The transporter device, which made its first appearance in “The Cage” (1964) - the pilot episode for Star Trek, was an ingenious creation that, according to The Star Trek Encyclopedia (Pocket Books, 1994) “briefly converts an object or person into energy, beams that energy to another location, then reassembles the subject into its original form.” Its usage in The Original Series was a necessity to help the Desilu production team control budget, as discussed by TOS Assistant Director and later Co-Producer Robert Justman in the book “Inside Star Trek: The Real Story” (Pocket Books, 1996) …
My other major worry (the first being no gravity in outer space, which was “solved” by Gene Roddenberry’s decision to equip the Enterprise with it’s own artificial gravity field) was the enormous cost of optical effects to land the Enterprise on a new planet every week. Gene’s clever solution: the transporter effect, “beaming” people to other locations with no apparent loss of molecules, other than when required for story purposes.
When I first viewed the transporter effect, I was as curious as anyone else might be and asked the inventive Darrell Anderson how he achieved it. Darrell said, “I just turned a slow-motion camera upside down and photographed some backlit shiny grains of aluminum powder that we dropped between the camera and a black background.”
And using a piece of Sandy Courage “shimmer” music, we gave the visual effect its distinctive sound. Gene’s creative solution to my “landing” dilemma resulted in a new catch-phrase and a wealth of bumper stickers, “Beam me up, Scotty.”
Incidentally, the exact words “Beam me up, Scotty” were never spoken in the dialogue of a TOS episode. A typical command might be “Mr. Scott, one to beam aboard.”
A full technical description of the film editing process involved in creating the Transporter effect is provided by Stephen Whitfield in “The Making of Star Trek” (Ballantine Books, 1968) …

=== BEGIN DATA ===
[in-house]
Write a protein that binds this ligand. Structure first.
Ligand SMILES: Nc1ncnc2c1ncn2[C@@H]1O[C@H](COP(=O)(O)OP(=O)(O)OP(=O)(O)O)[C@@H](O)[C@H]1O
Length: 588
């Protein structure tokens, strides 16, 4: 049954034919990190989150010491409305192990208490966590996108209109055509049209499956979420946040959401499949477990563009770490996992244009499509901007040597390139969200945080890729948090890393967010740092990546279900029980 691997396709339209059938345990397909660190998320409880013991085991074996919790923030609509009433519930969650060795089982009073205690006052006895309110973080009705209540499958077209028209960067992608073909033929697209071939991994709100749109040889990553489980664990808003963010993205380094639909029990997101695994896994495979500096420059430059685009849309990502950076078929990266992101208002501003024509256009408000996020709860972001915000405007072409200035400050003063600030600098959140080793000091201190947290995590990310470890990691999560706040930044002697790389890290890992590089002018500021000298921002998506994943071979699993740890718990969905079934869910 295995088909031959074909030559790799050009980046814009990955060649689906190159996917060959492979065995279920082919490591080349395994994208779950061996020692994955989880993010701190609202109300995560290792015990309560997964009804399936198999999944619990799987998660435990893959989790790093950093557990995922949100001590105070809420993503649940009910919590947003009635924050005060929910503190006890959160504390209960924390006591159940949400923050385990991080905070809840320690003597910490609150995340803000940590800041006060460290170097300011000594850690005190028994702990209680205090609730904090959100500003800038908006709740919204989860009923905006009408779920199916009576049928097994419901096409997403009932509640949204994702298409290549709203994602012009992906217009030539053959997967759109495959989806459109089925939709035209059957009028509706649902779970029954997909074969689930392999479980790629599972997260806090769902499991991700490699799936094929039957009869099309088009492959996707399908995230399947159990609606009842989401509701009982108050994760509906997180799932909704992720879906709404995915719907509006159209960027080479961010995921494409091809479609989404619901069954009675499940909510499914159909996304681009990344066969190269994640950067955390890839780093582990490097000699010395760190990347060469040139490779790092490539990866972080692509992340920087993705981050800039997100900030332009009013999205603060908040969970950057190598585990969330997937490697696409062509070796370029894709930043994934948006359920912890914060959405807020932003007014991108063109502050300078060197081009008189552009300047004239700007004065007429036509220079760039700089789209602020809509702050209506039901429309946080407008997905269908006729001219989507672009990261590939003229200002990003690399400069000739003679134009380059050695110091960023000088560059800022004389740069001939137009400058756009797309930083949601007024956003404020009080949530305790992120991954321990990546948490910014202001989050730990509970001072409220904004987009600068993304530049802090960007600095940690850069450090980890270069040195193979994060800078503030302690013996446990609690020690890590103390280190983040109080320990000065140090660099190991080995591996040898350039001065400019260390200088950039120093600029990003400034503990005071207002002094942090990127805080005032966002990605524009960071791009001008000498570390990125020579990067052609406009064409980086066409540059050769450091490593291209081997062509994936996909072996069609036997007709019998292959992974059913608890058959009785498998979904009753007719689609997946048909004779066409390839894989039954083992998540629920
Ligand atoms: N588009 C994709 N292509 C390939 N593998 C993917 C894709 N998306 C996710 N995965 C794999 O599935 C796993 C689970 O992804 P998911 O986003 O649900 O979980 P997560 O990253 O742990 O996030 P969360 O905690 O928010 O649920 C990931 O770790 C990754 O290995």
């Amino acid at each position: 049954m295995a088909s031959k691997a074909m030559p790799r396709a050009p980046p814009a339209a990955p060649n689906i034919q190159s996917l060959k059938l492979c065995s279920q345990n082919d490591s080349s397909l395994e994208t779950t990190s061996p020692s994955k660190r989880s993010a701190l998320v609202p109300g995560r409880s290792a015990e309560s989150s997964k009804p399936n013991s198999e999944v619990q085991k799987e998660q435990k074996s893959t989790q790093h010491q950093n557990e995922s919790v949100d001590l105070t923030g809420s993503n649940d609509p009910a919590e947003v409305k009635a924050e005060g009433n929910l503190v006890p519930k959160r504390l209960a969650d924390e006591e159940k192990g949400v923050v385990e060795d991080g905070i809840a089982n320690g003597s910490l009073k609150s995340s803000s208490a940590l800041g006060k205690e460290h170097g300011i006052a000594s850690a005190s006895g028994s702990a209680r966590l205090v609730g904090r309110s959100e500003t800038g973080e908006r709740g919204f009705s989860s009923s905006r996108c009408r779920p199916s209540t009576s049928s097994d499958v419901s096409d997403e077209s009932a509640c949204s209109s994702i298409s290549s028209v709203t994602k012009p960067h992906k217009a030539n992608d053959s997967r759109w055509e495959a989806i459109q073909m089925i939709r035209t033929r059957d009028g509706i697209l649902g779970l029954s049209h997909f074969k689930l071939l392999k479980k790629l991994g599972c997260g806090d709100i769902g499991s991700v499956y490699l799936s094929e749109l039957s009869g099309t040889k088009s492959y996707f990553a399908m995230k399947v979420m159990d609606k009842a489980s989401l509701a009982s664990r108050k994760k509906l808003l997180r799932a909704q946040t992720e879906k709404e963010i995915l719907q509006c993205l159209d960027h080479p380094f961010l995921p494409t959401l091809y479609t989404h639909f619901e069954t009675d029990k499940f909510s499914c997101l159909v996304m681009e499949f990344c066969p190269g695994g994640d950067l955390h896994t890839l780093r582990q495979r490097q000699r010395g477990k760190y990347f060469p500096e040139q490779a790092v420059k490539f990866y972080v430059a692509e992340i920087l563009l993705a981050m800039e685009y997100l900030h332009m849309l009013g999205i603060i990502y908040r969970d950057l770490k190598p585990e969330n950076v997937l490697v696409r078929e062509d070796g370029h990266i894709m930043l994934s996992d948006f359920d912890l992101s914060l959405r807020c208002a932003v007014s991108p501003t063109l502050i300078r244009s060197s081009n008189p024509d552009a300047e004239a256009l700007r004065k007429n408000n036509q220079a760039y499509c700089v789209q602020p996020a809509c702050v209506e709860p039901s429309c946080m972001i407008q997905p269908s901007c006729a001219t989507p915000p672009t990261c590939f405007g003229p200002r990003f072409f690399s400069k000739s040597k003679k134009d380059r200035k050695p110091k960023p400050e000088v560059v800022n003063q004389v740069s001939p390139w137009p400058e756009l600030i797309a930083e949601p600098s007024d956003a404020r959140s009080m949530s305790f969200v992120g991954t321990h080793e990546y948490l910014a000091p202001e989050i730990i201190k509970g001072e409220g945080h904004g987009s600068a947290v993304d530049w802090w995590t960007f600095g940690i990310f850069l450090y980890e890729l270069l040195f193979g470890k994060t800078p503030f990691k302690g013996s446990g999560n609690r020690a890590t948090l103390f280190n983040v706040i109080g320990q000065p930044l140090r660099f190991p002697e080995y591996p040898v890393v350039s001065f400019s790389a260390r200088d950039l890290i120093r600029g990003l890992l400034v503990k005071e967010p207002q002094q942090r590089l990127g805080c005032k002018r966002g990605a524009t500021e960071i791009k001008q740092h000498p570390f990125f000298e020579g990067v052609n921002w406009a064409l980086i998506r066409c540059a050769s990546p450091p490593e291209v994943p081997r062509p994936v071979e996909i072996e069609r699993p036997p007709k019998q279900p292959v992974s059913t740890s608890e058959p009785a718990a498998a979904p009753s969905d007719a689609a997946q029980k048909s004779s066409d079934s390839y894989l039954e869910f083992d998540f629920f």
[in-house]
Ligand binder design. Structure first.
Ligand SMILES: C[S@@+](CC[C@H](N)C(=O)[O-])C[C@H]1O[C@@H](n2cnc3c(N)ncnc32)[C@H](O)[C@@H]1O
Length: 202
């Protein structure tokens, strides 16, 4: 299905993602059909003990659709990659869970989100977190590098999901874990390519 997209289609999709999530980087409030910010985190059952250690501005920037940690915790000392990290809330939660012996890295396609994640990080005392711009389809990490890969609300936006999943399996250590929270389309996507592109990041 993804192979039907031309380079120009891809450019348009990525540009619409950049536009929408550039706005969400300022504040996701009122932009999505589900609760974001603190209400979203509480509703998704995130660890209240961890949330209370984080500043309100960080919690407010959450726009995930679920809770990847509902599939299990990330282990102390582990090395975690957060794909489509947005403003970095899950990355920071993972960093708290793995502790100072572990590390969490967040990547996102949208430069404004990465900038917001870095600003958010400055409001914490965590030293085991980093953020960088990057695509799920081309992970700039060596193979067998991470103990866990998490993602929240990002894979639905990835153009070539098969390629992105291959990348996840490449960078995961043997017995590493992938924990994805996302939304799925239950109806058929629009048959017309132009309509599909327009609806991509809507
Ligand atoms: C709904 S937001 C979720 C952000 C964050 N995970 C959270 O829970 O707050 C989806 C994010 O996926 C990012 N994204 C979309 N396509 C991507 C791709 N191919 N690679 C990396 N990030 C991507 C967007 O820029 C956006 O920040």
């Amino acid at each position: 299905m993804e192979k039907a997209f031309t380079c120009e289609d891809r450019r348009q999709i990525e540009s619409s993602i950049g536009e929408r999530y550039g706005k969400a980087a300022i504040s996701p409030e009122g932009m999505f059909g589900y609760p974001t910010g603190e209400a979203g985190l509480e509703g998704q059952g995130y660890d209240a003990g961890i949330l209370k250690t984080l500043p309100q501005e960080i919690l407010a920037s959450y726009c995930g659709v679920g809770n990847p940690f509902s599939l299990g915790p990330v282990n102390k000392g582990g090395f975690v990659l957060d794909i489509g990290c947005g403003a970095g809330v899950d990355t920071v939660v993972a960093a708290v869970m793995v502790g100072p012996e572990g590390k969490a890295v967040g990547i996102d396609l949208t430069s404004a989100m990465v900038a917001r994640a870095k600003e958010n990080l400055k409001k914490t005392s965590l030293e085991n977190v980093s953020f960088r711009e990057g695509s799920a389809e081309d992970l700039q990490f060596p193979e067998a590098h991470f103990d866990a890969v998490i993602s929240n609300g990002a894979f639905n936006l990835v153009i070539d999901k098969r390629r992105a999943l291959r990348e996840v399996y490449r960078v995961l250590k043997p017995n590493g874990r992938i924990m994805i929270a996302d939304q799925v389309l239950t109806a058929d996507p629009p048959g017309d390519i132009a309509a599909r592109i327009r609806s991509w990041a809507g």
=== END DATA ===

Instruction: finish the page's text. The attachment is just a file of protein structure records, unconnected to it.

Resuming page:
The dematerialization and rematerialization of crewmen (the Transporter Effect) is accomplished as follows:
- The crewman to be transported steps into the transporter and is filmed.
- As the camera continues to run, the crewman steps out of camera range and the empty set is filmed. Later, the action of the man leaving the set will be clipped out of the film … and the footage spliced into one piece.
- On a duplicate piece of film shot in 2, above, a mask, exactly outlining the person’s figure as he appeared in the transporter, is superimposed, creating a piece of film with a “hole” in it.
- These pieces of film are then rephotographed simultaneously in the optical printer:
a. The original film.
b. The masked film.
c. A length of film containing only the glitter effect of the transporter. To obtain the “glitter effect”, aluminum dust was photographed as it was dropped from overhead, falling through a beam of high-intensity light.
- The “glitter effect” goes through the “hole” in the second piece of film and thus coincides with the outline of the crewman. When the film is run, the man is slowly “faded” out of the picture, momentarily leaving the glitter effect in place of his body. The glitter is then faded (“dissolved”) out as well.
In TOS, it was established that transporters are unable to function when deflector shields are raised. Transporter malfunctions were also the source of some extraordinary storyline developments in The Original Series. In the first season episode “The Enemy Within”, for example, a mishap during a routine transport aboard ship causes both a “good” and “evil” Kirk to be created. Fortunately, Scotty manages to diagnose the problem and use the device to reassemble the Captain into his original form and rescue a stranded landed party on the verge of freezing to death. In the popular second season episode “Mirror, Mirror”, it is another transporter accident, triggered by an unexpected ion storm, that causes the landing party to exchange places with identical “barbarian” counterparts from a parallel or mirror universe, that were in the act of beaming back to their ship at the same instant in time.